Editor: As the property industry embraces ever more ambitious sustainability targets, we are right to be cautious about the rising threat of ‘greenwashing’ (‘Greenwashing is a threat we should all seek to challenge’). One area where that threat is most acute for the real estate industry is talent attraction and retention.
As recruitment specialists for the industry, the team at Totum Partners has seen first hand that property industry professionals themselves have come to place a high premium on the sustainability credentials of their employers and are now increasingly aware of ESG rhetoric that could be seen as greenwashing.
A major contributor to this firming of attitudes is the fact that, for the first time, the UK workforce is now majority millennial – a demographic group within which 40% have chosen a job because the company performed better on sustainability.
But a commitment to sustainability is not just about attracting talent, it’s also about retaining it, with 70% of millennials saying they would stay with a company with a robust sustainability plan.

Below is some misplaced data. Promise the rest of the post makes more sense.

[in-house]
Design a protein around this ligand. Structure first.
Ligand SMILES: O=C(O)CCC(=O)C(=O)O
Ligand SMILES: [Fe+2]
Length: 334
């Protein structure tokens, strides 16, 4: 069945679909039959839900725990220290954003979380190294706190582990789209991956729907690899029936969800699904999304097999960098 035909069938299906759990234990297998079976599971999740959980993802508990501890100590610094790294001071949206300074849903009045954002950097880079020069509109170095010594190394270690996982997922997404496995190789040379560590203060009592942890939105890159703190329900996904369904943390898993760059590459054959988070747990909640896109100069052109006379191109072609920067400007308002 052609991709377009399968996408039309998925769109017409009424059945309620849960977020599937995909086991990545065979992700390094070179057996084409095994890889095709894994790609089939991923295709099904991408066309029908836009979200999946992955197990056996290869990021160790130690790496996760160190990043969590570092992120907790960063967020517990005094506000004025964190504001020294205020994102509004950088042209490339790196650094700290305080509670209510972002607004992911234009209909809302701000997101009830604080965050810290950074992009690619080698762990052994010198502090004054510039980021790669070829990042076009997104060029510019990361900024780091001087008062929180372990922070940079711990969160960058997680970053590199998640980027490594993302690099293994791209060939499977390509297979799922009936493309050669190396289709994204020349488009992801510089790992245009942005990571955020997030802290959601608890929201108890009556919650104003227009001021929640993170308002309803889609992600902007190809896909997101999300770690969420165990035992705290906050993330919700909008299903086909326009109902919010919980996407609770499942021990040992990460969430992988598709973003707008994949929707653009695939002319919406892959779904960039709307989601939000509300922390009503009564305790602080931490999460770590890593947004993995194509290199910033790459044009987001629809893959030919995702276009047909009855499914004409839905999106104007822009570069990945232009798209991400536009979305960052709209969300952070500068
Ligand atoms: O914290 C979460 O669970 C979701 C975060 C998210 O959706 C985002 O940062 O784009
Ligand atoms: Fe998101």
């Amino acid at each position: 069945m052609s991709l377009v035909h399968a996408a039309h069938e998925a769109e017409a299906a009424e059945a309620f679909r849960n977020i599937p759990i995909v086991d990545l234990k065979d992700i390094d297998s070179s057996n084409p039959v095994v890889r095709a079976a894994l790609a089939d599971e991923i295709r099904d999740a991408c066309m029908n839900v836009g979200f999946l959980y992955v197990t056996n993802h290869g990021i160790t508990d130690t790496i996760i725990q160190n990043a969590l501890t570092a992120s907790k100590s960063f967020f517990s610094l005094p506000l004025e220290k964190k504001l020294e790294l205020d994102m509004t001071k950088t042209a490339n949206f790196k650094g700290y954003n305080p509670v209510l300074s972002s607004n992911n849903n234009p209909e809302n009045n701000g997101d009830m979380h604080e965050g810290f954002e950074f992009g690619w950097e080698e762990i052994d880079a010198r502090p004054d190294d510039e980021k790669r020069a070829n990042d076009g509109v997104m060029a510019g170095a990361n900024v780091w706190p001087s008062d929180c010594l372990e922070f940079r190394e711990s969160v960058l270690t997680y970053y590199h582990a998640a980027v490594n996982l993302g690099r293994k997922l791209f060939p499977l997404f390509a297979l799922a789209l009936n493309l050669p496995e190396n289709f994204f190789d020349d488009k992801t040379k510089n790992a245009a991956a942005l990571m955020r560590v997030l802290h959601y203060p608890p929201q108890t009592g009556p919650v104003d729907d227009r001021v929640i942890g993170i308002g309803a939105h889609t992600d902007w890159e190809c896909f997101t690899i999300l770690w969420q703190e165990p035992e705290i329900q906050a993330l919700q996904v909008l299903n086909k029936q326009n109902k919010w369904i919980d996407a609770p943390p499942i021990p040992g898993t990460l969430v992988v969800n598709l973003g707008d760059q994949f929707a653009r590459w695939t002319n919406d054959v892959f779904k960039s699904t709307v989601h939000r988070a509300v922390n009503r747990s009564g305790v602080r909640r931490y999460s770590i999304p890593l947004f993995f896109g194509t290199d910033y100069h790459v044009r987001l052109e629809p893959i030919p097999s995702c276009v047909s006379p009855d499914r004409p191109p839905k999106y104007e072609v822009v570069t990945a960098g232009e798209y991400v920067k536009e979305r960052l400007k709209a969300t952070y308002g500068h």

With 2018 figures indicating an already relatively high turnover level of 8% in UK real estate compared with other industries, the sector cannot afford to treat sustainability as a box-ticking exercise.
Firms need to act now to approach sustainability in an authentic and transparent way and rather than focusing simply on financial and regulatory imperatives, ESG must be guided by a genuine and realisable commitment towards social and environmental good.
For this effort to be effective and valued by current and future employees, firms must ensure that their staff are part of the conversation around environmental commitments.
Indeed, if sustainability is to become truly embedded within organisational values, the cultural shift must be felt and driven by all levels of a business.
It is no longer enough to talk about ESG without tangible action – to do so will increasingly risk industry professionals voting with their feet.
Deborah Gray, director, Totum Partners